Tag Archives: Chicago
A week ago, my boyfriend Bryan Weber ran the Chicago marathon. It was his first marathon he had ever run. When I asked him why he decided to run it, he said it was because he was bored. I knew that was his way of saying that he needed a challenge in his life, a goal to work towards. And when I look back at how he came to achieve this goal, I realize that he definitely found what he was looking for.
Bryan used to run cross-country in high school but it had been a long time since he had really gone running. In fact, after I returned from the 3-month journey around the world with my mom to make the film Opening Our Eyes, exercise was not a regular part of his daily routine at all. But everything changed in March 2011 when he bought a bike. He started riding his bike everywhere, to work, to class, etc. Before he knew it, he had lost 60 pounds and I could see his outlook on life start to shift. In September 2012, he started running again. It began with 2-3 miles each run and suddenly he was running every day, 4, 5, 6 miles at a time.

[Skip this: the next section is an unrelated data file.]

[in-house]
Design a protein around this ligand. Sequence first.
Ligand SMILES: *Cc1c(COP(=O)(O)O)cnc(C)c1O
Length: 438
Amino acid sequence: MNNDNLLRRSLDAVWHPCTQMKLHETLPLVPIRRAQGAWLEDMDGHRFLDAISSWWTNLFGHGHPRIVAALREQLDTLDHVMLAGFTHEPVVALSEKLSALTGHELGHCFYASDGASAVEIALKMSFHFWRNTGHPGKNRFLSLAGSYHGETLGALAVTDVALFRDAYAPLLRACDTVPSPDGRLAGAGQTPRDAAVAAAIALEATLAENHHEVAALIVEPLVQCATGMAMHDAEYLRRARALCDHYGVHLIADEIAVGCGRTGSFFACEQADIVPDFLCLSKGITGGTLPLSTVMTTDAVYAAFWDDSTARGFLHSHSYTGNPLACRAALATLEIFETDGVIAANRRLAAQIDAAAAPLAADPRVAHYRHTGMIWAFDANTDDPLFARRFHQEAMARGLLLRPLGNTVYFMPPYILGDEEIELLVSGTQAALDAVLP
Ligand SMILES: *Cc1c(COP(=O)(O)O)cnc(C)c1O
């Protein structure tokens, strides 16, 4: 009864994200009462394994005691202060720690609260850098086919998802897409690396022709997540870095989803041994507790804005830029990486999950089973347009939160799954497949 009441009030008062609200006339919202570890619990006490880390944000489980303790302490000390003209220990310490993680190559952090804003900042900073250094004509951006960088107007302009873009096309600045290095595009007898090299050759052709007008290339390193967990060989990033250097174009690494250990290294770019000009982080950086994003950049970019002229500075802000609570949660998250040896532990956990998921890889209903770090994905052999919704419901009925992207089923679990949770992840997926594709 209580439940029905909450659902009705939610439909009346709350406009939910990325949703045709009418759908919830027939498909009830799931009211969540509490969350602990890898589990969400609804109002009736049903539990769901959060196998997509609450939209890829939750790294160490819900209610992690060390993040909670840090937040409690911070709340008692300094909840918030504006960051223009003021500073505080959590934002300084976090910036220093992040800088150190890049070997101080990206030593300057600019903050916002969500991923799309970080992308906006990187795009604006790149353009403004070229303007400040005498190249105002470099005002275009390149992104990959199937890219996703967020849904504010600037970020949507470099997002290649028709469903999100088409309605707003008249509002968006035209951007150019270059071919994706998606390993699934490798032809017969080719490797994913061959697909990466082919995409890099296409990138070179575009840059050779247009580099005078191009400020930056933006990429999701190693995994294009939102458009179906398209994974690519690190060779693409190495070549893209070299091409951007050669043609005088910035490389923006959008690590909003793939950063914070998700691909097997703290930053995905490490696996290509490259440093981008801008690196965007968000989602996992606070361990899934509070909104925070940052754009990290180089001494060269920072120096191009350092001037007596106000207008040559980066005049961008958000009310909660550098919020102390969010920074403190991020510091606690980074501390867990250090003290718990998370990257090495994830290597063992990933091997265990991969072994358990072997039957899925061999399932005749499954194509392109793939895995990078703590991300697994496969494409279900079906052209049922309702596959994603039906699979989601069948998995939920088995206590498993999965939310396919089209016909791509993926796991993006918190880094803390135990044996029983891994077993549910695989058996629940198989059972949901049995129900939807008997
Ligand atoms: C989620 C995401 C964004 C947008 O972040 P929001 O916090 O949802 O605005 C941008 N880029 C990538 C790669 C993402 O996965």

In February 2013, he said to me, “I’m running several miles every day now, why don’t I try to run 26.2?” I have to admit, I was a little skeptical at first. His knee had been hurting him and a marathon seemed like a big jump for someone who had just started running again a few months prior. But I certainly wasn’t going to discourage him and I told him I would support him with whatever he decided. He signed up and carried on with his running. He didn’t really follow a specific training program. He didn’t even tell that many people that he was doing it. He just kept doing his thing. And by the time October rolled around, he had lost 40 more pounds.
The morning of the marathon, I could tell he was nervous. He said he just wanted to be able to finish the race. I had no doubts in my mind that he would not only finish, but fly through it. And he did, in 4 hours and 14 minutes. I saw him 4 different times throughout the race. Each time I saw him, he had a huge smile on his face, even at mile 25.
When I found him after he had crossed the finish line, he was so full of energy and I couldn’t understand how that was possible after what he had just went through. But then I realized that this was a goal that he had been working towards for months and months and he had just achieved it. Can you imagine what that feels like? I was so full of pride and admiration for him at that moment, but I was also thinking of what goals I could work towards and what challenges I could tackle in my life so that I could feel that way. He inspired me to do that.